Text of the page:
Don’t screw it up

Like many Computer Science teachers, I was very excited to read the news of President Obama’s “Computer Science for All” initiative.  Right now, it’s typically an elective course and I know, from experience, that you work to encourage every student you can to choose the course.  It’s not like the maths or languages or other sciences where a certain number of courses are required for graduation.

It’s puzzling, particularly in this day and age of technology everywhere, that it doesn’t have mass appeal.  The reality is, I suspect, that when it comes to electives, students aren’t necessarily looking for a subject that bulks up on the work load.  Students tend to really enjoy it or really hate it.  Unfortunately, those that hate it are more vocal about spreading their feelings making it difficult to get more students involved.  Through my work as an Ontario educator and long time involvement with the Computer Science Teachers Association in the US, I’ve seen a comparison of how the subject is treated in both systems.

In Ontario, we have an excellent series of courses under the title “Computer Studies” that are available to every school/student in the province.  If the course isn’t provided at their school, they can take it online through eLearningOntario and get the same course credit.  South of the border, the common threads are the Advanced Placement courses and Exploring Computer Science along with local courses at the student’s home school.  In either case, students have terrific opportunities to learn.

But it’s never been a skill for all – it’s typically been a choice for all.

From my eyes, there is a need.  I suspect that the secondary school student who is indeed interested in post-secondary studies has great opportunities.  This doesn’t apply to everyone though.  Yet, knowing how to make this inanimate object to do your bidding has never been so important a skill.  Or your tablet.  Or your phone.  The ultimate goal isn’t that every graduate will become a computer programmer for a living any more than the graduate taking English will become the next Shakespeare.  It’s the ability to have this ability to take control over your electronic world much the same as you would take control of your use of the English language.

The announcement from President Obama hasn’t been universally appreciated.  An interesting opinion piece appeared in the New York Daily News.  “Learning to code is overrated: An accomplished programmer would rather his kids learn to read and reason“.  In many ways, my own computer programming experience paralleled that of Mr. Atwood’s.  My first personal computer was a Radio Shack TRS-80 and I took delight in learning all the operating system commands, creating batch files, and learning how to program in the languages of the time.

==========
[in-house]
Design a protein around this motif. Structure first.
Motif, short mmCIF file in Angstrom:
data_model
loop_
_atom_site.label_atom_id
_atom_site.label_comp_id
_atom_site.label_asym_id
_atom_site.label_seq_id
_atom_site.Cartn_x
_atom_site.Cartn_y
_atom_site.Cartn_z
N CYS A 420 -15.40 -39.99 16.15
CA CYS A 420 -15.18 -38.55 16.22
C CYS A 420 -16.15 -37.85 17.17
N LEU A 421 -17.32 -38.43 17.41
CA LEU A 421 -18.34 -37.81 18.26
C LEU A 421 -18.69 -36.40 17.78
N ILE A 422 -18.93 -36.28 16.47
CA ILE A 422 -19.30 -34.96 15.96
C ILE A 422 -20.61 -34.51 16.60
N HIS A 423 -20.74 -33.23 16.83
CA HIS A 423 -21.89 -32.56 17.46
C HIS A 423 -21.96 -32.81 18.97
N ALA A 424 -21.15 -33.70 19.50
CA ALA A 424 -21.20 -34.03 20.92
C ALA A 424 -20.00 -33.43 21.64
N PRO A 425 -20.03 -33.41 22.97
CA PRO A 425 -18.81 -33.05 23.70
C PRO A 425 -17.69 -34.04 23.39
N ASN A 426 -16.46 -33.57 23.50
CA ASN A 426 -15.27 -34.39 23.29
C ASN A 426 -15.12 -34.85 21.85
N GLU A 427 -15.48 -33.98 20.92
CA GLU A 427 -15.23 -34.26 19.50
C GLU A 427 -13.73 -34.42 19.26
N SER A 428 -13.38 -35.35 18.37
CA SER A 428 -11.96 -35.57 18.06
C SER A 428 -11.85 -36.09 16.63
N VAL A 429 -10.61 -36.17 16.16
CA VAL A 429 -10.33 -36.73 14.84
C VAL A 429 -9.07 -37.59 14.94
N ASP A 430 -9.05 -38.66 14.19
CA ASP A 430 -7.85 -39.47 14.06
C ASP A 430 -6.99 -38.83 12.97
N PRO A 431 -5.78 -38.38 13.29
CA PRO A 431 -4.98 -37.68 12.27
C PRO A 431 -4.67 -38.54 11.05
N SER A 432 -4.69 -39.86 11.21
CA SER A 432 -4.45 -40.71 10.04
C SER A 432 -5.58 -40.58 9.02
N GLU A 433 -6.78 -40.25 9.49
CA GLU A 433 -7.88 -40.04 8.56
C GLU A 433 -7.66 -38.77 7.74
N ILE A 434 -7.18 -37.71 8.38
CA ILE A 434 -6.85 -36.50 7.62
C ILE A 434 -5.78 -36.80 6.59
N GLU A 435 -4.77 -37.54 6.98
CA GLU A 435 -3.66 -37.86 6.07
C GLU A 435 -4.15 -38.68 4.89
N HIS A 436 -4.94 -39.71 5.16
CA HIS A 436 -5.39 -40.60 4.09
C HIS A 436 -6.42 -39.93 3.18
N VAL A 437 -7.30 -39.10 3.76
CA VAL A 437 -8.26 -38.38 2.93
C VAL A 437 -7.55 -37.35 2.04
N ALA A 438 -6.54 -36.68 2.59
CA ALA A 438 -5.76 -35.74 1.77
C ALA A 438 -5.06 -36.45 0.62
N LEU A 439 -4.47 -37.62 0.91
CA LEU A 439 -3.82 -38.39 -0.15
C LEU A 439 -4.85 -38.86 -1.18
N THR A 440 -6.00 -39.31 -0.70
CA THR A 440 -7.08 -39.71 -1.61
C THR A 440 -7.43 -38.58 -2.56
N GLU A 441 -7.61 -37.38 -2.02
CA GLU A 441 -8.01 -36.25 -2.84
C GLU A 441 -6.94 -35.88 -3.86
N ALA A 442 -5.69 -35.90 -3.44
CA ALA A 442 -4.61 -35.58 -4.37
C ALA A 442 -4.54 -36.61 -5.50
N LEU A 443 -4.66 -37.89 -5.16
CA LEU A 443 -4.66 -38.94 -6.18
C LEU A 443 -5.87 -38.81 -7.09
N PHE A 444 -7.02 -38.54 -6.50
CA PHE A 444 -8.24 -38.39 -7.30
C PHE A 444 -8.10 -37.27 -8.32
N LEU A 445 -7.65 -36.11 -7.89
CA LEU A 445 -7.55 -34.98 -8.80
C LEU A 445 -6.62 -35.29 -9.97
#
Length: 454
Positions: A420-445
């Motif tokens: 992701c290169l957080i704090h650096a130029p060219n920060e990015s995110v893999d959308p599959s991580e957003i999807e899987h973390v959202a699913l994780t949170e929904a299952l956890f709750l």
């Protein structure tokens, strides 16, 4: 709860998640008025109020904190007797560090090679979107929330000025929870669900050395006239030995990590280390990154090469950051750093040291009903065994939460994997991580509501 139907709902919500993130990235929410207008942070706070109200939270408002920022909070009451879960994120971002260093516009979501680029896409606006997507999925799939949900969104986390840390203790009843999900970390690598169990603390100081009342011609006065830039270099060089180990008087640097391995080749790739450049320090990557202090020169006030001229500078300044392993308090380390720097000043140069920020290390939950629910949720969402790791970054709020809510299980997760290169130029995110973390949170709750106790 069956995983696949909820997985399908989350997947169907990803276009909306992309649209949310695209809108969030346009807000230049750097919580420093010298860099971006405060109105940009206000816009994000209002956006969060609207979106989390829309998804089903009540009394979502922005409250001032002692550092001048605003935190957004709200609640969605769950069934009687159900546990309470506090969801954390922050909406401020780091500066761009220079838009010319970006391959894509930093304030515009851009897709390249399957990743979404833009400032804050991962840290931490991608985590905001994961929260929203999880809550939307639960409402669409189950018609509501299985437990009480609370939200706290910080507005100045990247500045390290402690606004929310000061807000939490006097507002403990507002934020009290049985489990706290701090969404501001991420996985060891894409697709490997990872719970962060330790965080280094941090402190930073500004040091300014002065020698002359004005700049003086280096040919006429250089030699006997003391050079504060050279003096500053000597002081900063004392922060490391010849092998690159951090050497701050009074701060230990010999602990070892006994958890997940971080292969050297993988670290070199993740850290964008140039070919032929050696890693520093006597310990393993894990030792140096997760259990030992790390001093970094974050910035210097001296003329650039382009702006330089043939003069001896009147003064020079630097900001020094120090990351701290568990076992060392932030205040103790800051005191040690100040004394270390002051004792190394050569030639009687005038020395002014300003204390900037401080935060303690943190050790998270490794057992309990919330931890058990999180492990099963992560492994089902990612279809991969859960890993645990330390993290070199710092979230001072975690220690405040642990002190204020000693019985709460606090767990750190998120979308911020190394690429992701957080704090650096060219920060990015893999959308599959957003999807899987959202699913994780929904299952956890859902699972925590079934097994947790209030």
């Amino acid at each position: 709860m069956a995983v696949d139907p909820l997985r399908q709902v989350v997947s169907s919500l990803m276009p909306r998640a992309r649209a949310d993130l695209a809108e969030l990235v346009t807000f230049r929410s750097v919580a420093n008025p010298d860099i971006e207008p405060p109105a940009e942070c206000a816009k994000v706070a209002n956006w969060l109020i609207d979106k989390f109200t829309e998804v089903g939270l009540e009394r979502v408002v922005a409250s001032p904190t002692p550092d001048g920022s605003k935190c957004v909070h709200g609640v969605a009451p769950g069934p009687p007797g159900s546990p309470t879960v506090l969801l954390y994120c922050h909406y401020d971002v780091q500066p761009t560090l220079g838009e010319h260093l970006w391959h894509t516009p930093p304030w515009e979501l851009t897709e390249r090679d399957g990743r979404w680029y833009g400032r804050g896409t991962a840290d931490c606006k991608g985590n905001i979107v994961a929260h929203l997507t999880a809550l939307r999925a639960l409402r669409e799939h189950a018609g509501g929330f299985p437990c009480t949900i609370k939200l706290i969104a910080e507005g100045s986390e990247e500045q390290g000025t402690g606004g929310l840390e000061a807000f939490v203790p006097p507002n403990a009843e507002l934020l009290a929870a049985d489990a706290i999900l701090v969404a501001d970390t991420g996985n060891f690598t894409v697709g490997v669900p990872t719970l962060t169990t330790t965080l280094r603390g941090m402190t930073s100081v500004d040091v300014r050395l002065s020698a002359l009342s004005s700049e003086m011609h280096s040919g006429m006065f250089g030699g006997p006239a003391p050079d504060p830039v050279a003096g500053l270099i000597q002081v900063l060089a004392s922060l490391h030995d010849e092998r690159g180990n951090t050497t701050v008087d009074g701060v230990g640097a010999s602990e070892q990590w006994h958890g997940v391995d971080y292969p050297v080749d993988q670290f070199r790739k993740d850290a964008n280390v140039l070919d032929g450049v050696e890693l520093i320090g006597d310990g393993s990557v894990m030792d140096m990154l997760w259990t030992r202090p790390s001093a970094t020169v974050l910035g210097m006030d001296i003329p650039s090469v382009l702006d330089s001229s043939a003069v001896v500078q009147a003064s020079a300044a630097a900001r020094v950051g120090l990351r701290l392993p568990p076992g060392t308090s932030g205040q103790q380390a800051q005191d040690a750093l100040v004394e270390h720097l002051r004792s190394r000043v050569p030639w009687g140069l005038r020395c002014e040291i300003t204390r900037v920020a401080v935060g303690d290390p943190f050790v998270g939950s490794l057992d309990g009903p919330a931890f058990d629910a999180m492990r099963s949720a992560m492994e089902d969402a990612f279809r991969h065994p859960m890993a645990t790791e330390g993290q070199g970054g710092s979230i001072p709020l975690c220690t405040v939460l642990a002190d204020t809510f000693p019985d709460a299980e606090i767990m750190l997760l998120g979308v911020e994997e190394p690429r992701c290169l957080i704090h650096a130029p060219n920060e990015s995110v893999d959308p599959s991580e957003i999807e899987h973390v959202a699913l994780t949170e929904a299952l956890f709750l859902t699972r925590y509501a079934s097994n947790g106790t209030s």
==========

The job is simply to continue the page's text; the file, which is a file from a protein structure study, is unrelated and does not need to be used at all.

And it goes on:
And, I think the operative words here are “of the time”.  It’s been years since I wrote something in Pascal or Fortran.  There are times when I am curious to know if I even could.  But the feeling soon passes.

“Because it’s 2016.”

We have much better, more powerful tools, and better experiences at our disposal.  It’s not always recognized and I think that sometimes Computer Science teachers can be their own worst enemies as they debate the merits of Java versus Python versus …  Let’s step back from that argument.  There’s a time, place, and environment for that.  It shouldn’t be part of this discussion.

Let’s focus on the “for all” part. 

We’ve all heard the “girls don’t like doing this …” or “boys don’t like doing that …” as excuses for poor performance in mathematics or science or languages or pick your favourite target.

A Computer Science teacher will tell you about programming for the web and the importance of reading from the visitor to a website.  Or the importance of geometry and science as you program a robot to move across the classroom floor.  They understand the importance of planning, collaboration, communication, analysis, and measurement.  That doesn’t need to nor should it wait for secondary school.

The “for all” part needs to be in the front of your mind.  In this initiative, it’s a chance for Computer Science to reinvent itself and come back as a life skill.  So seldom does education get a chance to start something from the ground floor.  This is a chance and the opportunity needs to be seized.  Not just by those with a Computer Science background but by those who truly understand all that a Computer Science understanding brings to the classroom.

All of this isn’t necessarily magical.  It’s the result of a deep understanding and professional commitment of educators.  The plan requires a serious commitment to professional learning opportunities for all educators.  After all, don’t forget the “for all” part.

It can be so powerful – my advice is in the title – don’t screw it up.  Education has waited for years for this opportunity.

One thought on “Don’t screw it up

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